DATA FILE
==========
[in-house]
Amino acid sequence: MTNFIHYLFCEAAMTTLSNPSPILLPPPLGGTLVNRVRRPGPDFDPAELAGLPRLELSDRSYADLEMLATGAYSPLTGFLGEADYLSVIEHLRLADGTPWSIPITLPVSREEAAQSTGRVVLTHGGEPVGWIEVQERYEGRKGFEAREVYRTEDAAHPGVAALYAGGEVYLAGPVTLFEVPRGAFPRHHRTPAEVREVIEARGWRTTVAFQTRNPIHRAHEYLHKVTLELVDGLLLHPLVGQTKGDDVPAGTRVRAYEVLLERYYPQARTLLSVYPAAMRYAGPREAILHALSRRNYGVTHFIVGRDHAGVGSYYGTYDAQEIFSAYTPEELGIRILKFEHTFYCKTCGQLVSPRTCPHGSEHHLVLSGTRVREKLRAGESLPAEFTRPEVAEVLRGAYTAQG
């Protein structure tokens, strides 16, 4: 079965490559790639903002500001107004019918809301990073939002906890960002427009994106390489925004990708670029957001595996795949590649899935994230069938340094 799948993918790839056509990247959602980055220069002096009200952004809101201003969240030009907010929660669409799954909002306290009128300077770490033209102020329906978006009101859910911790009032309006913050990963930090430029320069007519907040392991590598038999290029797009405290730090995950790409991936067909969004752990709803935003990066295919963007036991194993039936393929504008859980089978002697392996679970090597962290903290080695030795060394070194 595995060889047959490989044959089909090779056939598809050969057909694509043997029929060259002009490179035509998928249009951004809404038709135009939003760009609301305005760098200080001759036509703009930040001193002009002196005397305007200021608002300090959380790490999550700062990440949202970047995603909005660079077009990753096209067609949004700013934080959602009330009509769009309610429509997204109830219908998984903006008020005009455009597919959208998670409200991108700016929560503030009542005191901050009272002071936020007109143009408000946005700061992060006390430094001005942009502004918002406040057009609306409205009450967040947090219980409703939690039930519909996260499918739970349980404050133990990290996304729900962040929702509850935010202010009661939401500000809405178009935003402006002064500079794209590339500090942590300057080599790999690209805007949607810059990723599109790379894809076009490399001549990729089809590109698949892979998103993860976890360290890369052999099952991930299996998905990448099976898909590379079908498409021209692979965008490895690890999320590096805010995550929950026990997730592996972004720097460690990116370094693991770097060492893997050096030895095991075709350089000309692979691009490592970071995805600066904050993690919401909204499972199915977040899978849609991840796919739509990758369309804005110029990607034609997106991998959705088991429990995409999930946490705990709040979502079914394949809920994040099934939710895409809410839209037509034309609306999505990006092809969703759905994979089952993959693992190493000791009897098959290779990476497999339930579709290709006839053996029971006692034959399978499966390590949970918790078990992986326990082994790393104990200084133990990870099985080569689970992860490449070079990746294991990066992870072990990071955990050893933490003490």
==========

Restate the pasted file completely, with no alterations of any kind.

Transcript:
[in-house]
Amino acid sequence: MTNFIHYLFCEAAMTTLSNPSPILLPPPLGGTLVNRVRRPGPDFDPAELAGLPRLELSDRSYADLEMLATGAYSPLTGFLGEADYLSVIEHLRLADGTPWSIPITLPVSREEAAQSTGRVVLTHGGEPVGWIEVQERYEGRKGFEAREVYRTEDAAHPGVAALYAGGEVYLAGPVTLFEVPRGAFPRHHRTPAEVREVIEARGWRTTVAFQTRNPIHRAHEYLHKVTLELVDGLLLHPLVGQTKGDDVPAGTRVRAYEVLLERYYPQARTLLSVYPAAMRYAGPREAILHALSRRNYGVTHFIVGRDHAGVGSYYGTYDAQEIFSAYTPEELGIRILKFEHTFYCKTCGQLVSPRTCPHGSEHHLVLSGTRVREKLRAGESLPAEFTRPEVAEVLRGAYTAQG
């Protein structure tokens, strides 16, 4: 079965490559790639903002500001107004019918809301990073939002906890960002427009994106390489925004990708670029957001595996795949590649899935994230069938340094 799948993918790839056509990247959602980055220069002096009200952004809101201003969240030009907010929660669409799954909002306290009128300077770490033209102020329906978006009101859910911790009032309006913050990963930090430029320069007519907040392991590598038999290029797009405290730090995950790409991936067909969004752990709803935003990066295919963007036991194993039936393929504008859980089978002697392996679970090597962290903290080695030795060394070194 595995060889047959490989044959089909090779056939598809050969057909694509043997029929060259002009490179035509998928249009951004809404038709135009939003760009609301305005760098200080001759036509703009930040001193002009002196005397305007200021608002300090959380790490999550700062990440949202970047995603909005660079077009990753096209067609949004700013934080959602009330009509769009309610429509997204109830219908998984903006008020005009455009597919959208998670409200991108700016929560503030009542005191901050009272002071936020007109143009408000946005700061992060006390430094001005942009502004918002406040057009609306409205009450967040947090219980409703939690039930519909996260499918739970349980404050133990990290996304729900962040929702509850935010202010009661939401500000809405178009935003402006002064500079794209590339500090942590300057080599790999690209805007949607810059990723599109790379894809076009490399001549990729089809590109698949892979998103993860976890360290890369052999099952991930299996998905990448099976898909590379079908498409021209692979965008490895690890999320590096805010995550929950026990997730592996972004720097460690990116370094693991770097060492893997050096030895095991075709350089000309692979691009490592970071995805600066904050993690919401909204499972199915977040899978849609991840796919739509990758369309804005110029990607034609997106991998959705088991429990995409999930946490705990709040979502079914394949809920994040099934939710895409809410839209037509034309609306999505990006092809969703759905994979089952993959693992190493000791009897098959290779990476497999339930579709290709006839053996029971006692034959399978499966390590949970918790078990992986326990082994790393104990200084133990990870099985080569689970992860490449070079990746294991990066992870072990990071955990050893933490003490």